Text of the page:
Quote:
Originally Posted by jAMBAZZ View Post
  1. If the PSU is bottom-mounted in a case where it intakes air from the floor and the PSU section of the case is cut off from the rest of the case, then the PSU sucks in room temp air, and as long as this is not >= 45c this situation will be dandy, because the case airflow cannot impact the PSU temp.
Correct.

Quote:
Originally Posted by jAMBAZZ View Post
If my assumptions are true, I cannot see why I should RMA my 750RM.

I just have to either:
  • Monitor the case temp so that is not >45C
  • Use more power in which case the PSU fan will spin and remove air thus reducing temps to safe levels.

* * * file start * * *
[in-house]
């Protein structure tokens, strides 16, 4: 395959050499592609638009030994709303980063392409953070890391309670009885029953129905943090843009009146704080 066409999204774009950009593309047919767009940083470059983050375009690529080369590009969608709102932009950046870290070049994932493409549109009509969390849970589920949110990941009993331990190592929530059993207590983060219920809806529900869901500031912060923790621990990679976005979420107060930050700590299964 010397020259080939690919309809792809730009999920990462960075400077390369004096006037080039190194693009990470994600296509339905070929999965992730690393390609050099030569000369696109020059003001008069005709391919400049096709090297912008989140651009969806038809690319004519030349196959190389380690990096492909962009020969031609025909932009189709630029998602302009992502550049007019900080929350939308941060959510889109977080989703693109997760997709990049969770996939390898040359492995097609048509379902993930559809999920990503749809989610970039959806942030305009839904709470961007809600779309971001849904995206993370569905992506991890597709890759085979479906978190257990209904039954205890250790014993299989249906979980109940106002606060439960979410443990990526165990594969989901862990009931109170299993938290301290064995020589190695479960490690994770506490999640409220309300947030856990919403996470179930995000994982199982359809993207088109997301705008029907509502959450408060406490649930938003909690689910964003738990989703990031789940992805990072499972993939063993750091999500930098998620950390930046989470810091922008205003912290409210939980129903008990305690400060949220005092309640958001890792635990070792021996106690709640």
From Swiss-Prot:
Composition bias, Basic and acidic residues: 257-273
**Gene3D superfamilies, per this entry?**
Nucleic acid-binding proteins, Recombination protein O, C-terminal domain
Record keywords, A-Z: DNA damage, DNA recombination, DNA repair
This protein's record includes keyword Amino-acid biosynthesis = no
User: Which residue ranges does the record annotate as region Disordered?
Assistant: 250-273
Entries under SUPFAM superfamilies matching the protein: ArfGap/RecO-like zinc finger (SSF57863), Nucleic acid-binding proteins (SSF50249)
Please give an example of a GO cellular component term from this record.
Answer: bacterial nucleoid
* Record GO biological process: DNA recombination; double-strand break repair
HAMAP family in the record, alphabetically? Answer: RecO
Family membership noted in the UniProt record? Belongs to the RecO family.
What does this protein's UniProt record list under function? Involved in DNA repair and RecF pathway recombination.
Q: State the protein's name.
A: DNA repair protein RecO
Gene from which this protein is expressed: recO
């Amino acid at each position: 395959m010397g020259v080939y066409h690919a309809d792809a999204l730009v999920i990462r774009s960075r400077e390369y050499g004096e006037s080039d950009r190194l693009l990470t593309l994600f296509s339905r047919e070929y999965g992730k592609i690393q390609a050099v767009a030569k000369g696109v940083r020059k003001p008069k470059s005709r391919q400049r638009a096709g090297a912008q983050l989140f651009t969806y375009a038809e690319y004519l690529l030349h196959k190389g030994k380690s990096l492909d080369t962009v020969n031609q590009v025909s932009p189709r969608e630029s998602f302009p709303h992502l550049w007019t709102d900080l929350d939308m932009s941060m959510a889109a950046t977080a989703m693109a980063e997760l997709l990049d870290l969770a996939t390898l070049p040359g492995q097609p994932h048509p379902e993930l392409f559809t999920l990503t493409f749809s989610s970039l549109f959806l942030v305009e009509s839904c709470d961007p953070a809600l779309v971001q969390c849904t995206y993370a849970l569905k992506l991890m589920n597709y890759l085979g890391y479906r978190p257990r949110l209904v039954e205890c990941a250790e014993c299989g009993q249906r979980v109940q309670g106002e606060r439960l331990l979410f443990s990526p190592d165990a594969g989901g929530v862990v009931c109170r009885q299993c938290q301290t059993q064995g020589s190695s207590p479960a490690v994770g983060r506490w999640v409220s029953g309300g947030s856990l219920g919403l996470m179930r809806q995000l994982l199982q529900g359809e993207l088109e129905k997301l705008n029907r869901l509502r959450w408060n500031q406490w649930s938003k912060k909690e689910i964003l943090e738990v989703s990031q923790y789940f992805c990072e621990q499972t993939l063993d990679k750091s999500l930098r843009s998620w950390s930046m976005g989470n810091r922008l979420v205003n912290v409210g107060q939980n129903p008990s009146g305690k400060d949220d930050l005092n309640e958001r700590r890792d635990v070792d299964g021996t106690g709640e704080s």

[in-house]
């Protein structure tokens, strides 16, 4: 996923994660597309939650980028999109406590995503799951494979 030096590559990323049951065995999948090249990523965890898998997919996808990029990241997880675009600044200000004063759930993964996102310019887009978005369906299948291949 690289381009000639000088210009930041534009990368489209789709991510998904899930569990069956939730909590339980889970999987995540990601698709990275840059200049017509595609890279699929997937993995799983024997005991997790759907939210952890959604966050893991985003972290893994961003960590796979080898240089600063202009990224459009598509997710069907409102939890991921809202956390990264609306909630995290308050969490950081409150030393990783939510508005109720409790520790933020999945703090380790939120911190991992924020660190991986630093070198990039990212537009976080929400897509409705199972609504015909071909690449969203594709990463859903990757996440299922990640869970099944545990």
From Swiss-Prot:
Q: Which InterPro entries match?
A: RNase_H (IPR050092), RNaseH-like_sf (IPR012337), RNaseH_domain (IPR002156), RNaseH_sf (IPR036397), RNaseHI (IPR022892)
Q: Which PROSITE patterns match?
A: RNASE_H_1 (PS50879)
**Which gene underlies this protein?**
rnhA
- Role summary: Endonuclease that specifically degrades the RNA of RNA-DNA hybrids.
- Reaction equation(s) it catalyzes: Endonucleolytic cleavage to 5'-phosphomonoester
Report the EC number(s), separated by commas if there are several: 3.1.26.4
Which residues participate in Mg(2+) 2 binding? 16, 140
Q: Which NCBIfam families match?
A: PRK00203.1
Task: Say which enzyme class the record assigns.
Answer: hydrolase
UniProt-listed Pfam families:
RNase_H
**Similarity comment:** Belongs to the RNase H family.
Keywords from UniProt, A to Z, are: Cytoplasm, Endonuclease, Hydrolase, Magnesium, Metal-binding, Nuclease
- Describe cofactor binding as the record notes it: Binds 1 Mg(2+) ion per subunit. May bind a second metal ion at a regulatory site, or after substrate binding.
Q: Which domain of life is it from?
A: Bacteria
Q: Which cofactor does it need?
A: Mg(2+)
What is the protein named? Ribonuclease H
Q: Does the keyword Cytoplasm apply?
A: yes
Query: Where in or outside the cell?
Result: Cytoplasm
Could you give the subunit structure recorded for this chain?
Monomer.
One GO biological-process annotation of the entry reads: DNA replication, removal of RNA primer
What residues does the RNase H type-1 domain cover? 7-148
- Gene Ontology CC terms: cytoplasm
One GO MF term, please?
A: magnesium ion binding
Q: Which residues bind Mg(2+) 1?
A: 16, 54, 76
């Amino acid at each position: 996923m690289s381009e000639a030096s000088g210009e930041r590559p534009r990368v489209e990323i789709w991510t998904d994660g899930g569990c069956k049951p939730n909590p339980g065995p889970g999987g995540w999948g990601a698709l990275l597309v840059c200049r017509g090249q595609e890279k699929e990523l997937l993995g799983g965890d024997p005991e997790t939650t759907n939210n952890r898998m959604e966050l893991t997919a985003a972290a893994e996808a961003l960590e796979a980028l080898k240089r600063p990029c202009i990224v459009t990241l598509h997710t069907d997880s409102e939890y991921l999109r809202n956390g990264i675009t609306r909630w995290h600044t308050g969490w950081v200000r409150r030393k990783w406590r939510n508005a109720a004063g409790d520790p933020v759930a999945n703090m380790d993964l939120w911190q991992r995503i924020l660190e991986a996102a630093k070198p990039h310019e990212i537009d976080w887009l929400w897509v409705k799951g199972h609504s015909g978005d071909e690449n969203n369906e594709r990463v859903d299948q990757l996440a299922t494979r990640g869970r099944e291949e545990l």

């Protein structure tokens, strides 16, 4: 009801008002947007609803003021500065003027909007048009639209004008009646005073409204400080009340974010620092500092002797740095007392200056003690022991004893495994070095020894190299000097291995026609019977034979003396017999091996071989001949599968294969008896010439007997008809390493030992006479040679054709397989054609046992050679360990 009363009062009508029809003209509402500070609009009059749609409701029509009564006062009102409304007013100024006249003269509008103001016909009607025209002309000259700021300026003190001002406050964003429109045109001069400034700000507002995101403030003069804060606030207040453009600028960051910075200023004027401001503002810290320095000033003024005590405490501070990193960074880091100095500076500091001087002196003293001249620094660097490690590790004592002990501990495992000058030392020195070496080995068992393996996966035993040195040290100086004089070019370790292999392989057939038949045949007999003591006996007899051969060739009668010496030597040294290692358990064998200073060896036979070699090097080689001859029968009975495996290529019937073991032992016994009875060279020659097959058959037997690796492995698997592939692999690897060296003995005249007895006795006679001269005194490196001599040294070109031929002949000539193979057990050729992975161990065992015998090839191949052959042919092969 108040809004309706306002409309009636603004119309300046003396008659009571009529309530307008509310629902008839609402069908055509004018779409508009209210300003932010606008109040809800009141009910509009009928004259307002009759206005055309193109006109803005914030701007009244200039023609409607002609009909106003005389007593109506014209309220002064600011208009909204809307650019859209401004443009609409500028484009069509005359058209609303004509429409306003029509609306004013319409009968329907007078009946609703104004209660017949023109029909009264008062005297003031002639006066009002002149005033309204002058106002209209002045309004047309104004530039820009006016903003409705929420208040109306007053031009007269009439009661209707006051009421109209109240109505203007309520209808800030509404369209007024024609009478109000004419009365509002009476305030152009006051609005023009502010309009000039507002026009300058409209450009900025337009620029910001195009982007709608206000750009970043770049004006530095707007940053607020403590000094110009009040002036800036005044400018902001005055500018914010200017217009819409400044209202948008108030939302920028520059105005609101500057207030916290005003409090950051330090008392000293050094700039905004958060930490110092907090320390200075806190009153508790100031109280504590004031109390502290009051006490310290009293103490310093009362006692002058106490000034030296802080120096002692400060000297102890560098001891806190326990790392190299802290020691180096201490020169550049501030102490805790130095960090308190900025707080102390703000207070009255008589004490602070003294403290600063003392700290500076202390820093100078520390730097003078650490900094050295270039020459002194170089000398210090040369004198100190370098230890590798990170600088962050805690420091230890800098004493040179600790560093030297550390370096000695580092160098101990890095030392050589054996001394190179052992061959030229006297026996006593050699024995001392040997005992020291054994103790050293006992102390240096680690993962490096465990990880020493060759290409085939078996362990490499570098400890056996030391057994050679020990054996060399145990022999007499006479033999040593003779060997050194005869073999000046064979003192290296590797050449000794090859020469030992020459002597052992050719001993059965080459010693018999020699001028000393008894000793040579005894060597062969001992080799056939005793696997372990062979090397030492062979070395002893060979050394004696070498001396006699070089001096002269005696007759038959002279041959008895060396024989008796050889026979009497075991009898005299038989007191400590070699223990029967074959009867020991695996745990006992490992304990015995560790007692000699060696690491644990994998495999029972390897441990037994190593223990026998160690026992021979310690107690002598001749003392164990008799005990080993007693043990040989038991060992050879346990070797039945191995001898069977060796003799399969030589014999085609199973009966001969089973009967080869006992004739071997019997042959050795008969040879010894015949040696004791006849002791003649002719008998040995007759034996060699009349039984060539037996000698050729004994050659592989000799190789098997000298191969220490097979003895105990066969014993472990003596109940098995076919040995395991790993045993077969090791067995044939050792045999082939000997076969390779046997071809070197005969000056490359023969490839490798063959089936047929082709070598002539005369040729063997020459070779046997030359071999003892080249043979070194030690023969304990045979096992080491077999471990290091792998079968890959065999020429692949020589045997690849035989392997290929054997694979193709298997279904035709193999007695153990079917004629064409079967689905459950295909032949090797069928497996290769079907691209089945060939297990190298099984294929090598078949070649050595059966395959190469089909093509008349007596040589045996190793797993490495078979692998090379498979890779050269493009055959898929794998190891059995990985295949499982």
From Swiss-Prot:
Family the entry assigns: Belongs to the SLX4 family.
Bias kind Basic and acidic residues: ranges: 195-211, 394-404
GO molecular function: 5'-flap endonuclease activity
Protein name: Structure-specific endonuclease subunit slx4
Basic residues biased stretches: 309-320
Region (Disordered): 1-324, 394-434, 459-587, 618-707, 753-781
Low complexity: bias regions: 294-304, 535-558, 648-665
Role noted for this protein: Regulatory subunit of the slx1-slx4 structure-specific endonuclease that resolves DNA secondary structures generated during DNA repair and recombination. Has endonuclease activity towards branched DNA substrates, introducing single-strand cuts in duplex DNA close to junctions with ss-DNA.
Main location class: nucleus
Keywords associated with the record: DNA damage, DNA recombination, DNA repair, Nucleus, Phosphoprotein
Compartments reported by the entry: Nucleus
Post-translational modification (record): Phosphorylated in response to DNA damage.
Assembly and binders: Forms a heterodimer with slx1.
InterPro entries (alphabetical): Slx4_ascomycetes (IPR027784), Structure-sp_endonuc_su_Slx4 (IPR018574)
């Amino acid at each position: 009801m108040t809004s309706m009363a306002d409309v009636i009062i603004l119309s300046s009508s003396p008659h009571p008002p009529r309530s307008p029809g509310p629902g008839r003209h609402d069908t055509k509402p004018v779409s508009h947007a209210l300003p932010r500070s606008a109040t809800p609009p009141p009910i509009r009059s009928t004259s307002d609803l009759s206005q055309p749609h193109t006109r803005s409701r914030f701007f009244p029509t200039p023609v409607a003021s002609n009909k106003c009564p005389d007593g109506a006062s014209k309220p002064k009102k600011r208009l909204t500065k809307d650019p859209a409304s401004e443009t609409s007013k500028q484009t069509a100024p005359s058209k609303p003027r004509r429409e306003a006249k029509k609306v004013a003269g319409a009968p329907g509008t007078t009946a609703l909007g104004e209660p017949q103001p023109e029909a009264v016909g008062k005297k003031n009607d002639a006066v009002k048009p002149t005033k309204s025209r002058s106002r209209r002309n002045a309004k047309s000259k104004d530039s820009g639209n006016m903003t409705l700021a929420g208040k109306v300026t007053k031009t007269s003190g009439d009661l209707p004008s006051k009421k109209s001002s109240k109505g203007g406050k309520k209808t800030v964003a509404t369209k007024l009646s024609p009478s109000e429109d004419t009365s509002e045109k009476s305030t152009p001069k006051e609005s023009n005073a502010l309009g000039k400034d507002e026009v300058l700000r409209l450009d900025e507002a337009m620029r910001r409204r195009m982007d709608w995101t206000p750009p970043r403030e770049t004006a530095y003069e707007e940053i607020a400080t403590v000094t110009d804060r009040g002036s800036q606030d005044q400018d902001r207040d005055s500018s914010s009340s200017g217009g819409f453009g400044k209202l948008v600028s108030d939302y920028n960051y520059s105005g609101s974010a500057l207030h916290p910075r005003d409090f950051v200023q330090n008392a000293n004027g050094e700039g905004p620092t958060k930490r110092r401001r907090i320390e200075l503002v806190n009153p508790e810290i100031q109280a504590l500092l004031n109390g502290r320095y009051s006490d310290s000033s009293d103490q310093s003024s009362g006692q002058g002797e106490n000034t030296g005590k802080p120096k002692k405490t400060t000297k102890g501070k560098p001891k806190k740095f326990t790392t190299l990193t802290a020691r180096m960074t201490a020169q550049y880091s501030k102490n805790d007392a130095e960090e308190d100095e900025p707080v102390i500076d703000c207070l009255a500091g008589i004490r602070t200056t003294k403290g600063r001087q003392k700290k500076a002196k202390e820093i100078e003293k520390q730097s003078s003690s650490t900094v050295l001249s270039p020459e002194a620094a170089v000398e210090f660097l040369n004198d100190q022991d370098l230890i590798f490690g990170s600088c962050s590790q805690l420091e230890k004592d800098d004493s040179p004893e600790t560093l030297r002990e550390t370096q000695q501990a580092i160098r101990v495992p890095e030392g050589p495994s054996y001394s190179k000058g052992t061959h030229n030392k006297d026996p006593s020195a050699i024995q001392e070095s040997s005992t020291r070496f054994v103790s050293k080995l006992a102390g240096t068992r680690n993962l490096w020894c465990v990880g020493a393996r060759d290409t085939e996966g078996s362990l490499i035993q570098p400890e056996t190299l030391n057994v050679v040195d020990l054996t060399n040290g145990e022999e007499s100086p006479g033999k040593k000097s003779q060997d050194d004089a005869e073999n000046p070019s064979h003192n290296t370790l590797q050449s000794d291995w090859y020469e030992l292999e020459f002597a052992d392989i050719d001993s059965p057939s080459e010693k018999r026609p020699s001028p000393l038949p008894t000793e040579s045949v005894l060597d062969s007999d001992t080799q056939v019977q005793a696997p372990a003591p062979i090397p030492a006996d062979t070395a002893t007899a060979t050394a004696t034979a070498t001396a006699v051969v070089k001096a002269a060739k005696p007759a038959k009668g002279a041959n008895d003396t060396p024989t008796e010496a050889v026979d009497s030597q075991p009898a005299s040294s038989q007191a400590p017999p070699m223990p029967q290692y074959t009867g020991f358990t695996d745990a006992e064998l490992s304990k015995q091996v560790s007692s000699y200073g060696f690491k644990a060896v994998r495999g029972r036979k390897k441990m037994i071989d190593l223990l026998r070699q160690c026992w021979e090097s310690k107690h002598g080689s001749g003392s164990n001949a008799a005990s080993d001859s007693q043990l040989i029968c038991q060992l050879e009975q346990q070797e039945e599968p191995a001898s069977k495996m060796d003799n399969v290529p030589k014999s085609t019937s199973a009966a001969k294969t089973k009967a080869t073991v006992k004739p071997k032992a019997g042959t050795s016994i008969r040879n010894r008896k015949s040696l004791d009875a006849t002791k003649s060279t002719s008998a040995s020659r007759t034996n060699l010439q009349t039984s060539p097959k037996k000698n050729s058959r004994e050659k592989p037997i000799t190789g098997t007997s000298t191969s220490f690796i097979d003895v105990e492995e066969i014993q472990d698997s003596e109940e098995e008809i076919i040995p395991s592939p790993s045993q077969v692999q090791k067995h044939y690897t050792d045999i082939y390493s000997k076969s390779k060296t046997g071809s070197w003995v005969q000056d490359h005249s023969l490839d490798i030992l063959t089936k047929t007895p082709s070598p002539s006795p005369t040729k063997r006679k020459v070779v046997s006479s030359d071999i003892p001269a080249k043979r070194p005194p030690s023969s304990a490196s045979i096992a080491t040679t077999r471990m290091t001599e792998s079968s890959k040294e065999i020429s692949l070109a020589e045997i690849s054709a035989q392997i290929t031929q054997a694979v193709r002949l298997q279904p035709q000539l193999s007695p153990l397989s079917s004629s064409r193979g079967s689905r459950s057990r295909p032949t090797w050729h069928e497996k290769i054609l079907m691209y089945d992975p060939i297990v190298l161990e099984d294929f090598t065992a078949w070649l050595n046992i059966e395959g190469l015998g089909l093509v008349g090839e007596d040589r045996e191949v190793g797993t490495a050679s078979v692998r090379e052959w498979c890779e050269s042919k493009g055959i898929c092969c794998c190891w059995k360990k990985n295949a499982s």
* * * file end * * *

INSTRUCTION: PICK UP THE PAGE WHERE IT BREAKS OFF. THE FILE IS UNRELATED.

• OR get a new case with bottom mounted PSU that intakes air from floor.

My specs:
Antec Sonata I, PSU rear and top mounted.
Intake fan: 120 mm 36/74 CFM (low/high)
Exhaust fan: 120 mm 36/74 CFM (low/high)
i5 2500K overclocked
GeForce 670GTX overclocked
Combined wattage at max load 375 W (3 threads of small FFT Prime95 + Furmark burn-in)
How long did you run Prime95 and Furmark together? If it's cold in your room right now, the fan may not trigger for a while. Like I said, it has to reach a particular temperature and maintain it for a period of time.

I'd say fire it up again and let it run for at least half an hour. Either the fan should turn on or the PC should shut off.


  #28  
Old 11-22-2013, 10:11 AM
jAMBAZZ jAMBAZZ is offline
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Quote:
Originally Posted by jonnyguru View Post